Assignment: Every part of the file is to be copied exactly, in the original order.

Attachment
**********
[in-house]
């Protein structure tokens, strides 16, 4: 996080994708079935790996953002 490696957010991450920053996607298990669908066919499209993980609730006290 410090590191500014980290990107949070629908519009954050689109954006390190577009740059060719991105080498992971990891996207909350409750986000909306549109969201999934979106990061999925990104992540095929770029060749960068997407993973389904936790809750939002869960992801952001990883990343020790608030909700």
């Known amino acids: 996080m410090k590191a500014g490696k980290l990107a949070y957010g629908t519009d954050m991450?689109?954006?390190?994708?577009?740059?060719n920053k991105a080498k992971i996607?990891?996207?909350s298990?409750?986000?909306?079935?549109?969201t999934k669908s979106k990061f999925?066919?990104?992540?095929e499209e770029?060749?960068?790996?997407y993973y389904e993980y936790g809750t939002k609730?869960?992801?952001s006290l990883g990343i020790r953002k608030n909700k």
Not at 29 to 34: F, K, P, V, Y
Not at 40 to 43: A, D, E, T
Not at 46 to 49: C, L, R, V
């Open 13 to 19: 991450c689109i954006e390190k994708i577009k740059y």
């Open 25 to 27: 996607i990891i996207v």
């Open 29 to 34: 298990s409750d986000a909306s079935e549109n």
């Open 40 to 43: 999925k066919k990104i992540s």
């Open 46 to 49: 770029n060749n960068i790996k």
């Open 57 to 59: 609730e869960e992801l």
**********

[in-house]
């Protein structure tokens, strides 16, 4: 996080994708079935790996953002 490696957010991450920053996607298990669908066919499209993980609730006290 410090590191500014980290990107949070629908519009954050689109954006390190577009740059060719991105080498992971990891996207909350409750986000909306549109969201999934979106990061999925990104992540095929770029060749960068997407993973389904936790809750939002869960992801952001990883990343020790608030909700």
């Known amino acids: 996080m410090k590191a500014g490696k980290l990107a949070y957010g629908t519009d954050m991450?689109?954006?390190?994708?577009?740059?060719n920053k991105a080498k992971i996607?990891?996207?909350s298990?409750?986000?909306?079935?549109?969201t999934k669908s979106k990061f999925?066919?990104?992540?095929e499209e770029?060749?960068?790996?997407y993973y389904e993980y936790g809750t939002k609730?869960?992801?952001s006290l990883g990343i020790r953002k608030n909700k």
Not at 29 to 34: F, K, P, V, Y
Not at 40 to 43: A, D, E, T
Not at 46 to 49: C, L, R, V
């Open 13 to 19: 991450c689109i954006e390190k994708i577009k740059y």
């Open 25 to 27: 996607i990891i996207v």
């Open 29 to 34: 298990s409750d986000a909306s079935e549109n």
């Open 40 to 43: 999925k066919k990104i992540s």
């Open 46 to 49: 770029n060749n960068i790996k």
């Open 57 to 59: 609730e869960e992801l």